Can the Padres weather Tatis' suspension in a tight WC race?

August 14th, 2022

WASHINGTON -- As quickly as they learned of Fernando Tatis Jr.’s season-ending suspension, the Padres vowed to move on without their unavailable superstar, at least in 2022. Their goals remain the same. Their expectations remain the same. And so, of course, does their roster, since Tatis had been sidelined all year by injury.

From San Diego’s perspective, the roster is already more than capable of getting the Padres where they want to be, come October. Now it’s about proving it.

“There is some finality in what we know we have here, for the next six weeks or so and until the end of the season,” said manager Bob Melvin, who connected with Tatis by phone before Saturday’s 4-3 loss to the Nationals. “I think we’re pretty galvanized already. Last night, some guys spoke their minds, and in these situations that doesn’t always happen.”

How well the Padres ultimately weather the loss, only time will tell. Since hearing the news at least, they are 1-1. Yu Darvish allowed back-to-back homers in the sixth, and Juan Soto’s homecoming was complicated by an overturned call at the plate as San Diego watched a winnable game slip away in the nation’s capital. The Padres’ lead for the top National League Wild Card spot slipped to one game over Milwaukee, which beat St. Louis in 10 innings.

“If that’s an out, we’re still in the game,” said Melvin, who was ejected for arguing the overturned call. “You can always go back and dissect the game, and certainly we'd like to have scored a few more runs. But I thought it was a good play.”

The key decision came in the seventh, when Soto appeared to cut down César Hernández attempting to score on Victor Robles’ two-out single to right in a tie game. But the Nationals challenged the call, arguing that catcher Austin Nola did not give Hernández a lane to reach the plate. Ruling umpires in New York agreed, nullifying Soto’s assist and awarding Washington the go-ahead run. It stood as the game-winner, burning San Diego in a similar situation it benefited from in its 13-5 win over the Rockies on Aug. 2.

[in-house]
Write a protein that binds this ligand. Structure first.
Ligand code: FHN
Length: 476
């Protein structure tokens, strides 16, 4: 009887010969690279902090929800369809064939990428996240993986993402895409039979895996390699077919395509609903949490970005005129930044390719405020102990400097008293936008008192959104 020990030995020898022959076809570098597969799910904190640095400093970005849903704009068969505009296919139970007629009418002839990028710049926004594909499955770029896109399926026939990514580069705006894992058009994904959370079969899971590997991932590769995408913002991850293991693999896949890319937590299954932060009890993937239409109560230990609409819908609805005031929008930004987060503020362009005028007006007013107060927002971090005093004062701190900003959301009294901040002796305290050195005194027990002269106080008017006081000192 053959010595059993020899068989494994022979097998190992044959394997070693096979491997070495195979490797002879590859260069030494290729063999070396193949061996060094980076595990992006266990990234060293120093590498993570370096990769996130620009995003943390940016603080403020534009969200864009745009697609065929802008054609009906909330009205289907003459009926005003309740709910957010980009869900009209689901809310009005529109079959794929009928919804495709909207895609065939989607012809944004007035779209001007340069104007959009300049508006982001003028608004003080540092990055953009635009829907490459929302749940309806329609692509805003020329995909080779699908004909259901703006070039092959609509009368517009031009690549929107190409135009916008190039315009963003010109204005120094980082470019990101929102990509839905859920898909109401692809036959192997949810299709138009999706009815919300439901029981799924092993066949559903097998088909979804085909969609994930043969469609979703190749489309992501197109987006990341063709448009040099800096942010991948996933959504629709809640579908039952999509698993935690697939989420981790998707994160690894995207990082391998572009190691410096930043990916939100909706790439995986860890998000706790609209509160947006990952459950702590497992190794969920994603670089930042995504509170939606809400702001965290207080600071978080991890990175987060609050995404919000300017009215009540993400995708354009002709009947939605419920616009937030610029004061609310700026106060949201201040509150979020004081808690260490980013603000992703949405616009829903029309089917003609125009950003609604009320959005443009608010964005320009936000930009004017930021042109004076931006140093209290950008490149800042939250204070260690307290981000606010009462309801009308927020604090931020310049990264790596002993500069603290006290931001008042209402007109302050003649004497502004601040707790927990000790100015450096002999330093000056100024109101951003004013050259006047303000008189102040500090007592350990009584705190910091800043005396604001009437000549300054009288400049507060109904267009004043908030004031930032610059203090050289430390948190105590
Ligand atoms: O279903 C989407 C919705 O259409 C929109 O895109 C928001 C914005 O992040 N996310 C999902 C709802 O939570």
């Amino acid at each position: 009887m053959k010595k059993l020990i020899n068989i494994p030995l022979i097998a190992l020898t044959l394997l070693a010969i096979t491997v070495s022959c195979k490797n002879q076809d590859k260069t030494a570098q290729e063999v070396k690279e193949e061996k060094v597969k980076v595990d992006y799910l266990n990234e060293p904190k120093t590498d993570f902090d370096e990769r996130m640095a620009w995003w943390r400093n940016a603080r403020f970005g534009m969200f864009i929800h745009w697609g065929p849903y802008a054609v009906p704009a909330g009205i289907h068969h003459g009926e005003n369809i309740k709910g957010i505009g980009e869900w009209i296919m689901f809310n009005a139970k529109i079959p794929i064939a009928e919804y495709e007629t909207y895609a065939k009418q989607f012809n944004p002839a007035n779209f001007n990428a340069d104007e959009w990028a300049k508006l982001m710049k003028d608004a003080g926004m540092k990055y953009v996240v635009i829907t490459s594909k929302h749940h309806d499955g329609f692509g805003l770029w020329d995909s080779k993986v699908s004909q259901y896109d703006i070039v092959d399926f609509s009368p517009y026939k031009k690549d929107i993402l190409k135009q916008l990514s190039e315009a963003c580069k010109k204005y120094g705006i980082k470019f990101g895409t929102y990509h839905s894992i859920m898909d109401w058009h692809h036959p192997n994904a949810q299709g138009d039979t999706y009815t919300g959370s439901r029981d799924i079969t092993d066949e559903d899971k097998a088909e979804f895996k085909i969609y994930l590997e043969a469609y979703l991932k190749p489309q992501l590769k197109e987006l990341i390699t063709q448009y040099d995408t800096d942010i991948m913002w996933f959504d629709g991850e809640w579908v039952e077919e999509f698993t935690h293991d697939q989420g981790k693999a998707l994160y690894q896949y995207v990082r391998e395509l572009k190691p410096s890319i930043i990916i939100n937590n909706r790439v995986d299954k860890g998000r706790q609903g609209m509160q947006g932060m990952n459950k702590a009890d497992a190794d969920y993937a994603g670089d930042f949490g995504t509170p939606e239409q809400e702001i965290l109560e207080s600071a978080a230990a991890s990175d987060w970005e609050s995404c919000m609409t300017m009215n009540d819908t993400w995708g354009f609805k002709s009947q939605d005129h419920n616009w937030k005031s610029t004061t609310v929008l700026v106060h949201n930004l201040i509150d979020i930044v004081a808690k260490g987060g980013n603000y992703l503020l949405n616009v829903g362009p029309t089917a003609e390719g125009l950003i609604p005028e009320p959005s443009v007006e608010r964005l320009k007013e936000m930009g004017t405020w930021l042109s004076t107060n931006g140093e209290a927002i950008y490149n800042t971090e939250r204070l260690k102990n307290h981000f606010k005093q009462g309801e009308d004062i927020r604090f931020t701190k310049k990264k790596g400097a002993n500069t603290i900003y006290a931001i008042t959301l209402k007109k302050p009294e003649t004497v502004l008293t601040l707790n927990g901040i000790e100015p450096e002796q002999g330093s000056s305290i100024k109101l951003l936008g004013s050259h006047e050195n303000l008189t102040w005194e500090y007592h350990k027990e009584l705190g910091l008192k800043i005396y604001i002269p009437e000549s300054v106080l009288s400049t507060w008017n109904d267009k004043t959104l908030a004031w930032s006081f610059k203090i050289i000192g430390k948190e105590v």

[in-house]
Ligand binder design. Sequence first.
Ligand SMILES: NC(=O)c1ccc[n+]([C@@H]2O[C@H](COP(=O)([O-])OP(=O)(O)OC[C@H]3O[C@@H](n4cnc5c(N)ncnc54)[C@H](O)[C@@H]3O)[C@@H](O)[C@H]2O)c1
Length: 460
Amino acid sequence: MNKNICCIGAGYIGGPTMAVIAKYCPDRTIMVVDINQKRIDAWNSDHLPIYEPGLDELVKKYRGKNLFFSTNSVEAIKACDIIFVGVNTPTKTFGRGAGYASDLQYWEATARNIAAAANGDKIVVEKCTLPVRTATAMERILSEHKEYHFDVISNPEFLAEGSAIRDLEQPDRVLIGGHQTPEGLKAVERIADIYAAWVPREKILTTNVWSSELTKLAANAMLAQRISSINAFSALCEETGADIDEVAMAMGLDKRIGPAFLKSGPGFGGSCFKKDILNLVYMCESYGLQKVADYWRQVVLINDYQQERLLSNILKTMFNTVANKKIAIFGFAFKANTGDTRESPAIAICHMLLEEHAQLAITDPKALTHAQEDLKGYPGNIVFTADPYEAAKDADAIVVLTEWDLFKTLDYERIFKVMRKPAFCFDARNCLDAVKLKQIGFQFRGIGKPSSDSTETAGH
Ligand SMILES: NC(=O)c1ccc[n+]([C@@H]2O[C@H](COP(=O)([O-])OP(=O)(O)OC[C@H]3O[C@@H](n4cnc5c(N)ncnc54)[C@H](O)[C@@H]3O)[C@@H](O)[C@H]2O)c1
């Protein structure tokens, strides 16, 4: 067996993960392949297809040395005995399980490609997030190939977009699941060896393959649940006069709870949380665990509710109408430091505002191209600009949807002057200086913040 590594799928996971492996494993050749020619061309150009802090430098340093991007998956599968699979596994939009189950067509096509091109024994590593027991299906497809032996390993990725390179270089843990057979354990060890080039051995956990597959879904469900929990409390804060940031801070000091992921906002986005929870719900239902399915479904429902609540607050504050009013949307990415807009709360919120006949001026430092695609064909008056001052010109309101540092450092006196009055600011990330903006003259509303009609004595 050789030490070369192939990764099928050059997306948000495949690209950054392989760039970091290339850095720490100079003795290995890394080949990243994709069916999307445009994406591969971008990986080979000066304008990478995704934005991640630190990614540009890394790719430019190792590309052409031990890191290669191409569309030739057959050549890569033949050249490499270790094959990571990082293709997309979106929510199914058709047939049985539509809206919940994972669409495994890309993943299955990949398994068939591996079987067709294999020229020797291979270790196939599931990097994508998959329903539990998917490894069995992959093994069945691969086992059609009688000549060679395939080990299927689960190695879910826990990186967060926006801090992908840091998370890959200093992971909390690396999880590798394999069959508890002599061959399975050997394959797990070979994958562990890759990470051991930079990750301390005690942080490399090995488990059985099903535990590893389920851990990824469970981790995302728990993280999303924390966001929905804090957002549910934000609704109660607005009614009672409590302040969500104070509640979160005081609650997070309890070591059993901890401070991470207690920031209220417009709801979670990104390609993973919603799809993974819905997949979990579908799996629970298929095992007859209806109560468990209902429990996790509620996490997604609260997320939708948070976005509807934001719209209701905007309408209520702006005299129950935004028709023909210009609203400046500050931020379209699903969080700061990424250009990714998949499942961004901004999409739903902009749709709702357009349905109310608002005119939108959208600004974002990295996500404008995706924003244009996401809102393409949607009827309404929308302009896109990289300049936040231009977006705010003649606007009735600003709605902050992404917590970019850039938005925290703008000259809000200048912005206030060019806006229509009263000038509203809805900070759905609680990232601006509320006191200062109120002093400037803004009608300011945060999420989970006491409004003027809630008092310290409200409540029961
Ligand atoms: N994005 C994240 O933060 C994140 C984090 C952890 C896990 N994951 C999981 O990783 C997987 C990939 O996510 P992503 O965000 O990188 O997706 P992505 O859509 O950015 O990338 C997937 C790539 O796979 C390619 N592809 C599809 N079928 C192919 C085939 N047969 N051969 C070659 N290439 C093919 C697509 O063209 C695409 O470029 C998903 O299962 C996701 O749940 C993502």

Rule 6.01 states:

“Unless the catcher is in possession of the ball, the catcher cannot block the pathway of the runner as he is attempting to score. If, in the judgment of the umpire, the catcher without possession of the ball blocks the pathway of the runner, the umpire shall call or signal the runner safe.”

“My understanding is if you're straddling the plate or giving him any part of the plate to slide to, it is not blocking the plate,” Melvin said.

To a man, the Padres touted the strength and depth of their revamped lineup, even without Tatis in the fold, as the main reason they’ll be able to weather his continued absence. But even with Soto, Josh Bell and Brandon Drury, it’s a unit still figuring things out. San Diego managed little timely hitting Saturday, going 2-for-12 with runners in scoring position, despite Manny Machado and Trent Grisham homers. The team scored 30 runs in its three games prior to Saturday, but only 10 runs combined in the past six games otherwise.

Few individual Padres are impacted more by the suspension news than Grisham, as Tatis was expected to play center field at least part-time upon his return. Now that job is clear again full-time for Grisham, a former Gold Glove winner who has struggled offensively all season. That he’s heating up at the plate provided Saturday’s loss with a silver lining. Five of Grisham’s 15 homers have come in his past 13 games.

“He’s swinging great,” Melvin said. “You look at his overall numbers, the average doesn't look good but the production does. We've talked about him maybe coming around at the right time and providing some power at the bottom of the lineup.”

Still, overcoming the loss of Tatis will be a historic challenge. The superstar’s suspension makes him just the third player since the end of World War II to finish in the top three in MVP voting and then miss the next season. The others are Moises Alou (1998-99, torn ACL) and Sandy Koufax (1966-67, retirement).

But perhaps San Diego can do it. The Padres were 14th in MLB in runs last season, when Tatis had 42 homers and 97 RBIs. Yet they’re 10th in MLB in runs this season without him and mostly before Soto, who chipped in another RBI single in his second game back in Washington.

“We’ve got to continue doing what we’ve been doing all year,” Machado said. “All we can worry about and control is what we can do, which is stay on the lane and keep riding that wave, like we’ve been doing, and play good baseball.”